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LS Polls 2024: ECI assures robust counting process on June 4; how votes are counted & how to check results?

Ahead of the crucial June 4 counting of votes in the seven-phase Lok Sabha Elections 2024, the Election Commission of India (ECI) on Monday assured a robust and transparent counting process.

LS Polls 2024: ECI assures robust counting process on June 4; how votes are counted & how to check results? snt
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First Published Jun 3, 2024, 2:00 PM IST

Ahead of the crucial June 4 counting of votes in the seven-phase Lok Sabha Elections 2024, the Election Commission of India (ECI) on Monday assured a robust and transparent counting process. Details about the counting process was shared after CEC Rajiv Kumar announced that India created a world record with 64.2 crore voters, including 31.2 crore women, participating in the Lok Sabha elections this year.

Talking about the counting process in Monday's press briefing, CEC Rajiv Kumar stated, "The entire counting process is absolutely robust. It works similar to the precision of a clock."

How voted will be counted on June 4: ECI's Step-by-step process

The seven-phase polling for all 543 Lok Sabha constituencies across 28 states and 8 union territories concluded on Saturday, June 1, with results set to be announced on Tuesday, June 4. The elections began with Phase 1 on April 19, followed by Phase 2 on April 26, Phase 3 on May 7, Phase 4 on May 13, Phase 5 on May 20, Phase 6 on May 25, and the final phase on June 1, 2024.

Also read: Lok Sabha Elections 2024: India sets world record with 642 million voters; ECI gives standing ovation (WATCH)

According to the Election Commission, the counting of votes for the 2024 Lok Sabha election, along with the state Legislative Assemblies of Andhra Pradesh and Odisha, and bye-elections to Assembly constituencies, will begin at 8 am on Tuesday, June 4.

Vote counting for the state Legislative Assembly elections in Sikkim and Arunachal Pradesh took place on Sunday, June 2. In Sikkim, the Sikkim Krantikari Morcha (SKM) led by Chief Minister Prem Singh Tamang achieved a dominant victory, winning 31 out of 32 seats. In Arunachal Pradesh, the BJP secured 46 out of 60 seats to form the government.

Rules of counting

According to the handbook issued by the Election Commission for election purposes, the counting of votes is governed by Rule 66A of the Conduct of Elections Rules, 1961, as amended by the Conduct of Elections (Amendment) Rules, 1992.

Under Rule 66A, the provisions of rules 50 to 54 apply to the timing and location of vote counting, the appointment and dismissal of counting agents, access to the counting venue, and the preservation of voting confidentiality. These rules are applied similarly in constituencies using the traditional system of ballot papers and ballot boxes. Additionally, Rule 54A, which addresses the counting of postal ballot papers, is extended to constituencies using voting machines, given the similarity in the postal voting procedure.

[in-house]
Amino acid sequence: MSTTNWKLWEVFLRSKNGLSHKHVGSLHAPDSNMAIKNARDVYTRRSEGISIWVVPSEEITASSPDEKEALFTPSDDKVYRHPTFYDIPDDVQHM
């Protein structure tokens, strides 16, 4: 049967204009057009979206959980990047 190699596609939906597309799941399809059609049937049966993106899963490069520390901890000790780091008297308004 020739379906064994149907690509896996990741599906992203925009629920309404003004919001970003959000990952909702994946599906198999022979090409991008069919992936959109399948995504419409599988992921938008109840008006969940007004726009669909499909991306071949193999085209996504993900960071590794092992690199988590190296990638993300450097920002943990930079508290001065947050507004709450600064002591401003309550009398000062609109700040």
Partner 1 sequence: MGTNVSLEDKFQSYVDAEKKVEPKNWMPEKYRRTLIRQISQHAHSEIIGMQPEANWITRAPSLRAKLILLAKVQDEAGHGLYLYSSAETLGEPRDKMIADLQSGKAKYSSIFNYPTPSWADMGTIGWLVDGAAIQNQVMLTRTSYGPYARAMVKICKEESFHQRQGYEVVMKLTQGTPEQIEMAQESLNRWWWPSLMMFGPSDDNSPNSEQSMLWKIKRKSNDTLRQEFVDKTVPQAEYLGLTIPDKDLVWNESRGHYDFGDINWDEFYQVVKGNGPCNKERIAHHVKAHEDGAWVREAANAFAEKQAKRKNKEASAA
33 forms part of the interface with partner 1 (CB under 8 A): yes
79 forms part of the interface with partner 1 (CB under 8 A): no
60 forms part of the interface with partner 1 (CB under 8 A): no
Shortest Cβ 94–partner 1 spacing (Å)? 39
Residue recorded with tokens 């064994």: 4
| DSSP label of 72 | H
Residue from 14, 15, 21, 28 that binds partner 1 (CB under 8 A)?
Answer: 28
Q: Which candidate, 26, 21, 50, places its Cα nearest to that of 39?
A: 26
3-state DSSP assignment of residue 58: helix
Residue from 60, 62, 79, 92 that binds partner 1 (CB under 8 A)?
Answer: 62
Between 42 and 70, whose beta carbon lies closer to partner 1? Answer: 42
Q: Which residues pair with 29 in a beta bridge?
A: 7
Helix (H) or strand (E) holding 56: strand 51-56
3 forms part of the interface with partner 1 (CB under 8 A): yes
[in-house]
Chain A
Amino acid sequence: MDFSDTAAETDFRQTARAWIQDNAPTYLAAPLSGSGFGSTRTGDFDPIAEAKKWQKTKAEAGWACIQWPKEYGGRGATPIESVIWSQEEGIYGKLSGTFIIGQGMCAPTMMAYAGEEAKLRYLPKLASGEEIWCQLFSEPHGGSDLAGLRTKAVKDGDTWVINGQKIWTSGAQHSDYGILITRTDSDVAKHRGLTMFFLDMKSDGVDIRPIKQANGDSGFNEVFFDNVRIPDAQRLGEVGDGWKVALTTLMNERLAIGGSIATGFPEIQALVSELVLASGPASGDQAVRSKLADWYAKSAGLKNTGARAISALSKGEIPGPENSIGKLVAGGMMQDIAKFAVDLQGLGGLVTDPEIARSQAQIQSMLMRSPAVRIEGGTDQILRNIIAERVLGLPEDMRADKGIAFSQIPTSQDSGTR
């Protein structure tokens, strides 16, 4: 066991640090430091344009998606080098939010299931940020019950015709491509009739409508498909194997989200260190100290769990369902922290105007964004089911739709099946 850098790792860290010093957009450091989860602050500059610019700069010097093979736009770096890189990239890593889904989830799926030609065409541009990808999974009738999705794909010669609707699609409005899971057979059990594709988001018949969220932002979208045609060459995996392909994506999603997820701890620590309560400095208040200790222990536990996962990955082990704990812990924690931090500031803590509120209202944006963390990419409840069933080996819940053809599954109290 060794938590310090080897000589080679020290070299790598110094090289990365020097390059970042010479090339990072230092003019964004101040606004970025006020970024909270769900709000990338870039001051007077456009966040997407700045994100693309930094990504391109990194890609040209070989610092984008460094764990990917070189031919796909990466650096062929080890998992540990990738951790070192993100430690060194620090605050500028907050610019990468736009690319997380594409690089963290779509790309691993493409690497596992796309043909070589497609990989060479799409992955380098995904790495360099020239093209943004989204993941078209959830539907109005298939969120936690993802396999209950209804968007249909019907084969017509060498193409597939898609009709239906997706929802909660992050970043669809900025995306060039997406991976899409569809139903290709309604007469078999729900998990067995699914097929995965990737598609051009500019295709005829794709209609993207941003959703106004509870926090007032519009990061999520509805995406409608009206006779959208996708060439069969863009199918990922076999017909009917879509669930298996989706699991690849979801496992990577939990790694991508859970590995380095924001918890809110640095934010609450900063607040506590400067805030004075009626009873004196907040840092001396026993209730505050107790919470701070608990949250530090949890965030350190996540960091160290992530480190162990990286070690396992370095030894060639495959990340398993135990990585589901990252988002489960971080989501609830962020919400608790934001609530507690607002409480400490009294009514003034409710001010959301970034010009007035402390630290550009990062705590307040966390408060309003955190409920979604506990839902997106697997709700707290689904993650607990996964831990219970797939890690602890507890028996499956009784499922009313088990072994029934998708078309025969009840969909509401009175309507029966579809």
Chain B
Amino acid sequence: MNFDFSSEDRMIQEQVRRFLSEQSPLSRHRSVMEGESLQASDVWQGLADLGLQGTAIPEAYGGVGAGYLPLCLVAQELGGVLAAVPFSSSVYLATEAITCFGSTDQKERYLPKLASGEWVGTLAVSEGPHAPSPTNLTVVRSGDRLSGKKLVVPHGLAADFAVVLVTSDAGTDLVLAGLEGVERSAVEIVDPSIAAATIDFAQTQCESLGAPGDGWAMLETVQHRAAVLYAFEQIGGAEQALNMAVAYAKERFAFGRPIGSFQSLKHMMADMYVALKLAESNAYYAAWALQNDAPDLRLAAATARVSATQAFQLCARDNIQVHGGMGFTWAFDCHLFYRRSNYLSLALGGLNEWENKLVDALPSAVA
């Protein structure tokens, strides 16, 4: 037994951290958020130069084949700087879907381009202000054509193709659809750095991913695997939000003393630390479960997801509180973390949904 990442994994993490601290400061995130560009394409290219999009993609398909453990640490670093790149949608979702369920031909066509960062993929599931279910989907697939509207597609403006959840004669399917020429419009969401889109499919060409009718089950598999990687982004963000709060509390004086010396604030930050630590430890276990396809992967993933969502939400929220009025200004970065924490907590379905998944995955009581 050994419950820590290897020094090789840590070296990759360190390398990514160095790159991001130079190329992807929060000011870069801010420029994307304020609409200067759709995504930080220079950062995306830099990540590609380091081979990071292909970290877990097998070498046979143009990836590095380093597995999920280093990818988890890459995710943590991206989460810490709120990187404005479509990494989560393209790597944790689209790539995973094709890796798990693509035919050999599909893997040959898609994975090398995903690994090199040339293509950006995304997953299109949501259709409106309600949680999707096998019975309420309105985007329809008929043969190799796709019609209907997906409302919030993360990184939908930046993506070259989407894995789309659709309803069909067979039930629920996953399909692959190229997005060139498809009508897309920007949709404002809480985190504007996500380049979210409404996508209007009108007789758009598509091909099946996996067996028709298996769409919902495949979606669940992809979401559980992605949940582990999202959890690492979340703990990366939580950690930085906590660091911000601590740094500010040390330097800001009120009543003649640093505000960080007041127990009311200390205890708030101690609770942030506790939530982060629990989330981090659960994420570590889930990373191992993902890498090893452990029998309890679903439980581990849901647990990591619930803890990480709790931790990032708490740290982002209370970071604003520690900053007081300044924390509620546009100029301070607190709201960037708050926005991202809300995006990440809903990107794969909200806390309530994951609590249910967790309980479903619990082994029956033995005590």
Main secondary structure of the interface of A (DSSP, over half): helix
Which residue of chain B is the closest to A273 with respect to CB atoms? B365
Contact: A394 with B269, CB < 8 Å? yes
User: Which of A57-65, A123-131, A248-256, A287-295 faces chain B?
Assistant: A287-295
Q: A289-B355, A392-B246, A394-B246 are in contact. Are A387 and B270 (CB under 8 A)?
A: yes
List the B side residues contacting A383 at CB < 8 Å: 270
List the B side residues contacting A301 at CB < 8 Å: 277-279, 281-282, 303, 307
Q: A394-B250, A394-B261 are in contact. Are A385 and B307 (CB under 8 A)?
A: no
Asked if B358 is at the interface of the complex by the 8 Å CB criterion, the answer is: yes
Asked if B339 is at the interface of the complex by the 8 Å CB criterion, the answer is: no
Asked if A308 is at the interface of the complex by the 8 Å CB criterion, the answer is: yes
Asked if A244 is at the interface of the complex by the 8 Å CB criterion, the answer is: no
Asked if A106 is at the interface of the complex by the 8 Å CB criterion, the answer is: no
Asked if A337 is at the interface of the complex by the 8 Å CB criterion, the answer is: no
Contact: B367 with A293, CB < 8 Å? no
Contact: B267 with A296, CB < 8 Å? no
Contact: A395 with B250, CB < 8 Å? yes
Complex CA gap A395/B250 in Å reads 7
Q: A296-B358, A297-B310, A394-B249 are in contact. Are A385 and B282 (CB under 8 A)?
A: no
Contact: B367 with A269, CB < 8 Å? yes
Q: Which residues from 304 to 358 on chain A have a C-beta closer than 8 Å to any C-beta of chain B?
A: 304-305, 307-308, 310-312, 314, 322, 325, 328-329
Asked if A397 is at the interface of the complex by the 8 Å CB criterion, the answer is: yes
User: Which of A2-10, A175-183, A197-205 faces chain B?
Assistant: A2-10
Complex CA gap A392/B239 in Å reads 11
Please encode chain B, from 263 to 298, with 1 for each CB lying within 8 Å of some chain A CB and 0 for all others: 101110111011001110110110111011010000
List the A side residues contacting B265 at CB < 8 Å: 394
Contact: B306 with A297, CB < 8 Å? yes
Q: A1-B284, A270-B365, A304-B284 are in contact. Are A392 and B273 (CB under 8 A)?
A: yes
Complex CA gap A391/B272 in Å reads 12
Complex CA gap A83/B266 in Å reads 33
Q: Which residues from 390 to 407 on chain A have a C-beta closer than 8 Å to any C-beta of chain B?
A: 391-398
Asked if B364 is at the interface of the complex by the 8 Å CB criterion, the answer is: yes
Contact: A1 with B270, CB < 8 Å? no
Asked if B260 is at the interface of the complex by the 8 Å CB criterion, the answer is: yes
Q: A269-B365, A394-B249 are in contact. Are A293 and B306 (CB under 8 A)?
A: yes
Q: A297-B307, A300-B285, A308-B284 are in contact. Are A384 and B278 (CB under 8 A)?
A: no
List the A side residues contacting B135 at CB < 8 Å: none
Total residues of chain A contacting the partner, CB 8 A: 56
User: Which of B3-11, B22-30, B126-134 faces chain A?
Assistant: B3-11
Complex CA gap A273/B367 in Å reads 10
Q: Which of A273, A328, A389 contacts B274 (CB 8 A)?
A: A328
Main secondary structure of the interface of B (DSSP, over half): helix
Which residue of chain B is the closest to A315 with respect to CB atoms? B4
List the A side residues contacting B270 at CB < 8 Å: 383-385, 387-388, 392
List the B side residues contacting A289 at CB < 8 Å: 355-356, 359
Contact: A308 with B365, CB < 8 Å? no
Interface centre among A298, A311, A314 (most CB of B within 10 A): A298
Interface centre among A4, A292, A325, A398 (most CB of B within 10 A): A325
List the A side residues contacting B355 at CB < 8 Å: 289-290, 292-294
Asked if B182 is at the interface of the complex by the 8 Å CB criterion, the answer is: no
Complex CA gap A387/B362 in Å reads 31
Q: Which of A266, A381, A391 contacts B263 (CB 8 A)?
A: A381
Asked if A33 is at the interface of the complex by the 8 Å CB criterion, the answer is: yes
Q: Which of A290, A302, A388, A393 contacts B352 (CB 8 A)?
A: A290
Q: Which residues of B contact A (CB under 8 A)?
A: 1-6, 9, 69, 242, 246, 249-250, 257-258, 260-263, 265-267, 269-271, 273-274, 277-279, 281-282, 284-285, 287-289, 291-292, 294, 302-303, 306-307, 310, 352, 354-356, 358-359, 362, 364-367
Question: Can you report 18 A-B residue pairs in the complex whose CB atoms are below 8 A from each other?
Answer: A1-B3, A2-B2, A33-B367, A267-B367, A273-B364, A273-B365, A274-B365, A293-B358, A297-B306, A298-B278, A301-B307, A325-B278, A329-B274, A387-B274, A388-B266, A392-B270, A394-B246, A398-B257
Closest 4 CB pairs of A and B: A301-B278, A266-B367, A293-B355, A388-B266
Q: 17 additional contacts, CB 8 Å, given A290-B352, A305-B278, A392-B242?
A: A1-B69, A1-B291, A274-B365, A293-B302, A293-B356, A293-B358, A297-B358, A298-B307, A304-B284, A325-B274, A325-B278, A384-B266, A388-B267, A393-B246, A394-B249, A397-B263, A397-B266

Rule 66A introduces three new rules: Rules 55C, 56C, and 57C. These rules cover the scrutiny and examination of voting machines before counting, the actual vote counting process recorded in the voting machines, and the sealing of voting machines following the counting procedure.

The handbook also clarifies that to eliminate any uncertainty or ambiguity, the amendment rules specify that rules 60 to 66, which cover continuous counting, recommencement of counting after a fresh poll, recount of votes, declaration of election results, counting at multiple locations, and granting of certificates of election to successful candidates, shall also apply to voting by voting machines. Additionally, any reference in those rules to a "ballot paper" shall be interpreted as including a reference to the voting machine.

Counting of votes is Returning Officer's responsibility

According to electoral regulations, the task of tallying votes falls under the purview of the Returning Officer, an official designated by the Election Commission of India (ECI) in collaboration with the state government to supervise each electoral district. Assistant Returning Officers also hold the legal authority to oversee the vote counting process. If a Returning Officer is responsible for multiple Parliamentary or Assembly constituencies, their assistants may conduct the vote counting for individual segments separately.

As outlined in Rule 51 of the Conduct of Elections Rules 1961, the Returning Officer must notify each candidate or their election representative in writing, at least a week before polling day, about the date, time, and location for vote counting, including any special arrangements for counting stations.

As per guidelines provided by the ECI’s Handbook, the vote counting process is conducted at Counting Centres, which may consist of one or more Counting Halls. Ideally, these centres are situated at district headquarters, although in exceptional circumstances, they may be located at sub-divisional headquarters.